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Statistical Significance for AP Statistics

By — McGraw-Hill Professional
Updated on Feb 5, 2011

Practice problems for these concepts can be found at:

Statistical Significance

One of the desirable outcomes of a study is to help us determine cause and effect. We do this by looking for differences between groups that are so great that we cannot reasonably attribute the difference to chance. We say that a difference between what we would expect to find if there were no treatment and what we actually found is statistically significant if the difference is too great to attribute to chance.

An experiment is a study in which the researcher imposes some sort of treatment on the experimental units (which can be human—usually called subjects in that case). In an experiment, the idea is to determine the extent to which treatments (the explanatory variable(s)) affects outcomes (the response variable (s)). For example, a researcher might vary the rewards to different work group members to see how that affects the group's ability to perform a particular task.

An observational study, on the other hand, simply observes and records behavior but does not attempt to impose a treatment in order to manipulate the response.

    example: A group of 60 exercisers are classified as "walkers" or "runners." A longitudinal study (one conducted over time) is conducted to see if there are differences between the groups in terms of their scores on a wellness index. This is an observational study because, although the two groups differ in an important respect, the researcher is not manipulating any treatment. "Walkers" and "runners" are simply observed and measured. Note that the groups in this study are self-selected. That is, they were already in their groups before the study began. The researchers just noted their group membership and proceeded to make observations. There may be significant differences between the groups in addition to the variable under study.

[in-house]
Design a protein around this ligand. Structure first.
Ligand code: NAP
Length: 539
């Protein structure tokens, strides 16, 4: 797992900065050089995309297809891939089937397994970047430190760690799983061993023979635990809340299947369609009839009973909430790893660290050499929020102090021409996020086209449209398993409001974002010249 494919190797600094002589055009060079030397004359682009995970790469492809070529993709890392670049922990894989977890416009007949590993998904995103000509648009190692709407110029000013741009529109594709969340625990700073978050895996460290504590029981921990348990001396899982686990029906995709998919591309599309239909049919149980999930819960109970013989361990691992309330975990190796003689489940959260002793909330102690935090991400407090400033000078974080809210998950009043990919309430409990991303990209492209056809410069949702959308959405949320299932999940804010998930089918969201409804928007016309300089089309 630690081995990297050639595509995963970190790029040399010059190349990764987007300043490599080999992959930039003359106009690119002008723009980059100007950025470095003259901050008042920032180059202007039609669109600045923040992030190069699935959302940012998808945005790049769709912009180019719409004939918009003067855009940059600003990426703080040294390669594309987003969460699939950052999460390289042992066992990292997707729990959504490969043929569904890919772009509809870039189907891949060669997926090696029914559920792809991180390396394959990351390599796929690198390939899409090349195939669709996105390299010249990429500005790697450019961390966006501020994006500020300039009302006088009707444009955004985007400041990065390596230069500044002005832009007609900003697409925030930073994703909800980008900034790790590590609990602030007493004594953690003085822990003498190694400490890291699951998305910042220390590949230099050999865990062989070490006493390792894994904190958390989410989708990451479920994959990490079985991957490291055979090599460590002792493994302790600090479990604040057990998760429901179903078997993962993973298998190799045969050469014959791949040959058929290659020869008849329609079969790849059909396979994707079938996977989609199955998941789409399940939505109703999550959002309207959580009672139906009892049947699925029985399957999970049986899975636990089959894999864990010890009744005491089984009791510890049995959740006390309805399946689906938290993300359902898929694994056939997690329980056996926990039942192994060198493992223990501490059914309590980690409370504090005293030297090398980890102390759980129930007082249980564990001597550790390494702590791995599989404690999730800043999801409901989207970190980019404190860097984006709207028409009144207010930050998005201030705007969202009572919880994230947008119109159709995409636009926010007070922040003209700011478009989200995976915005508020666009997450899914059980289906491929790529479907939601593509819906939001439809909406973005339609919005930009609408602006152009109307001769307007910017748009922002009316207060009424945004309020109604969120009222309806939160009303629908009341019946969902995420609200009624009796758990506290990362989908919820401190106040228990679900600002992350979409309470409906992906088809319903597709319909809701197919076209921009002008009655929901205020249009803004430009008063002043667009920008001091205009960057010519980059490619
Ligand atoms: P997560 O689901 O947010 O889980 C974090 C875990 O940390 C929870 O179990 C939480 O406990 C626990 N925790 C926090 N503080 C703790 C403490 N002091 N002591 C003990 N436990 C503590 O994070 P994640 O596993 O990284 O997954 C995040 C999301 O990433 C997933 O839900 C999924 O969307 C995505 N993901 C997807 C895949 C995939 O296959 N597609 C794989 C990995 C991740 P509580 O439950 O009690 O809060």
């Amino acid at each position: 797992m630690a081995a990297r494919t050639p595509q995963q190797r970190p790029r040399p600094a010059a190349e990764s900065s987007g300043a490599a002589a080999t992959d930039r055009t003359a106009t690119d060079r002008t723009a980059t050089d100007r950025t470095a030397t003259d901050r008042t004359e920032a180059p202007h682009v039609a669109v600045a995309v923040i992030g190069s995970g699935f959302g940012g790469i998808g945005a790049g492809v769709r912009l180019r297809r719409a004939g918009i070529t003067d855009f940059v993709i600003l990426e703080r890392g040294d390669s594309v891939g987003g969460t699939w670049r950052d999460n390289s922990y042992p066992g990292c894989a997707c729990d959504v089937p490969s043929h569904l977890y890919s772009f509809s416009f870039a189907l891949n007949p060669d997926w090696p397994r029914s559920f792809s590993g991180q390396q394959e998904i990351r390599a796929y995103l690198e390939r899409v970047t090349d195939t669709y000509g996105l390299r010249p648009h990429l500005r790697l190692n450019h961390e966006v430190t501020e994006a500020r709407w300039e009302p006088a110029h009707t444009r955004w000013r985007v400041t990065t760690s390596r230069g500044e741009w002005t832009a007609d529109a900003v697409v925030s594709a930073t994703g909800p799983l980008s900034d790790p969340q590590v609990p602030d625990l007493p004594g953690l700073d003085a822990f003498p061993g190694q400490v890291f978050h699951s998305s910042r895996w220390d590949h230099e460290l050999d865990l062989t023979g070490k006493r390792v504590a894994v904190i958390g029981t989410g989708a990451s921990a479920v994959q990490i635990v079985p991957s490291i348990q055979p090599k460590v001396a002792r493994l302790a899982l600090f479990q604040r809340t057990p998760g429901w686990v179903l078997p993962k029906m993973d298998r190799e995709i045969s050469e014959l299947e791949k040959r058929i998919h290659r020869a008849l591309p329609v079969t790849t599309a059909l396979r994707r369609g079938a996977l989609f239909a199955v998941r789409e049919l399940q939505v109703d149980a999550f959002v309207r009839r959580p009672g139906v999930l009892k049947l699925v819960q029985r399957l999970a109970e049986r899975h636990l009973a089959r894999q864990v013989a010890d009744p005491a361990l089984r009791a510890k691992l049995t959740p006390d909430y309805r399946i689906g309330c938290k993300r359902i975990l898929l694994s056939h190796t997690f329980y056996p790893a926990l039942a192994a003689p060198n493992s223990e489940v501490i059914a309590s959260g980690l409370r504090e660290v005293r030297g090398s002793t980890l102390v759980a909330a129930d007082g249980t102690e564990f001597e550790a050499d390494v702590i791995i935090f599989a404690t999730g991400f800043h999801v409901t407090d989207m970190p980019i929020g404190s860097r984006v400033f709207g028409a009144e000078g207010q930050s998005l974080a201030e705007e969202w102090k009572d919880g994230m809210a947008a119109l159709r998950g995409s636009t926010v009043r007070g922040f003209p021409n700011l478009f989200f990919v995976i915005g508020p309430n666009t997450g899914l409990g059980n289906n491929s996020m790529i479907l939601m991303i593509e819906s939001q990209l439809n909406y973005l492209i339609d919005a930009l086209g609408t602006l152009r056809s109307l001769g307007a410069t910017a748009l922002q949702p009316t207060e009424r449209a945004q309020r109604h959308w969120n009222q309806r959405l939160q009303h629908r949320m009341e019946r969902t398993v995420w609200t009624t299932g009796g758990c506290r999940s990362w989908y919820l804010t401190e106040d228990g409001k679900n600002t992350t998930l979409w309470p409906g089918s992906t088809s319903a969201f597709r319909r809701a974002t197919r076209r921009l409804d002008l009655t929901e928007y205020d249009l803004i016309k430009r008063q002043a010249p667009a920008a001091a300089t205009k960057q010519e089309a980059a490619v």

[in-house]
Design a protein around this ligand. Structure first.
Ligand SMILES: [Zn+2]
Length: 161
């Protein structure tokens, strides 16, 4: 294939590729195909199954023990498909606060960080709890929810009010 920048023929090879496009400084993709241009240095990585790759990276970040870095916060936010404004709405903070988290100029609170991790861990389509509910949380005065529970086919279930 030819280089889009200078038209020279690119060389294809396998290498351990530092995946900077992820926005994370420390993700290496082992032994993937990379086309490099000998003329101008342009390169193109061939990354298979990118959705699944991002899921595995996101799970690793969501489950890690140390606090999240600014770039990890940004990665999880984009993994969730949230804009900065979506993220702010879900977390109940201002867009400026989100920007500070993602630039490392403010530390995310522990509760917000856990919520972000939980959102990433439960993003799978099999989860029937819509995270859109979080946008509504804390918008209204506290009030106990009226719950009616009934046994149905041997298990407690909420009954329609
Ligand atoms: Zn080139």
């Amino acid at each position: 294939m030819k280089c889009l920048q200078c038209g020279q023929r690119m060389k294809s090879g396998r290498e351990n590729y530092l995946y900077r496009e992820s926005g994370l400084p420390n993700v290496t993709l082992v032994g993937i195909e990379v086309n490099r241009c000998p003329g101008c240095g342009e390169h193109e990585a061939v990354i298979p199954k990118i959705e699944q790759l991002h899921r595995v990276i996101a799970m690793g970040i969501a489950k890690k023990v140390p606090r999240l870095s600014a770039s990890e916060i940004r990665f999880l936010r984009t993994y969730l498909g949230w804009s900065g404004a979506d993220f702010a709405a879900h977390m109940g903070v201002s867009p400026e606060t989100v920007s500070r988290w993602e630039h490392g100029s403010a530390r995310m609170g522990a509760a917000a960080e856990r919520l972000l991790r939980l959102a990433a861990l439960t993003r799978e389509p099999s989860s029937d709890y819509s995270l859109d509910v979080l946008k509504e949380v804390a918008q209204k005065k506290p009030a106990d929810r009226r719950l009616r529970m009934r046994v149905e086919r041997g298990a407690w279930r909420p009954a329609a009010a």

example: A group of 60 volunteers who do not exercise are randomly assigned to one of the two fitness programs. One group of 30 is enrolled in a daily walking program, and the other group is put into a running program. After a period of time, the two groups are compared based on their scores on a wellness index. This is an experiment because the researcher has imposed the treatment (walking or running) and then measured the effects of the treatment on a defined response.

It may be, even in a controlled experiment, that the measured response is a function of variables present in addition to the treatment variable. A confounding variable is one that has an effect on the outcomes of the study but whose effects cannot be separated from those of the treatment variable. A lurking variable is one that has an effect on the outcomes of the study but whose influence was not part of the investigation. A lurking variable can be a confounding variable.

    example: A study is conducted to see if Yummy Kibble dog food results in shinier coats on Golden Retrievers. It's possible that the dogs with shinier coats have them because they have owners who are more conscientious in terms of grooming their pets. Both the dog food and the conscientious owners could contribute to the shinier coats. The variables are confounded because their effects cannot be separated.

A well-designed study attempts to anticipate confounding variables in advance and control for them. Statistical control refers to a researcher holding constant variables not under study that might have an influence on the outcomes.

    example: You are going to study the effectiveness of SAT preparation courses on SAT score. You know that better students tend to do well on SAT tests. You could control for the possible confounding effect of academic quality by running your study with groups of "A" students, "B" students, etc.

Control is often considered to be one of the three basic principles of experimental design. The other two basic principles are randomization and replication.

The purpose of randomization is to equalize groups so that the effects of lurking variables are equalized among groups. Randomization involves the use of chance (like a coin flip) to assign subjects to treatment and control groups. The hope is that the groups being studied will differ systematically only in the effects of the treatment variable. Although individuals within the groups may vary, the idea is to make the groups as alike as possible except for the treatment variable. Note that it isn't possible to produce, with certainty, groups free of any lurking variables. It is possible, through the use of randomization, to increase the probability of producing groups that are alike. The idea is to control for the effects of variables you aren't aware of but that might affect the response.

Replication involves repeating the experiment on enough subjects (or units) to reduce the effects of chance variation on the outcomes. For example, we know that the number of boys and girls born in a year are approximately equal. A small hospital with only 10 births a year is much more likely to vary dramatically from 50% each than a large hospital with 500 births a year.

Practice problems for these concepts can be found at:

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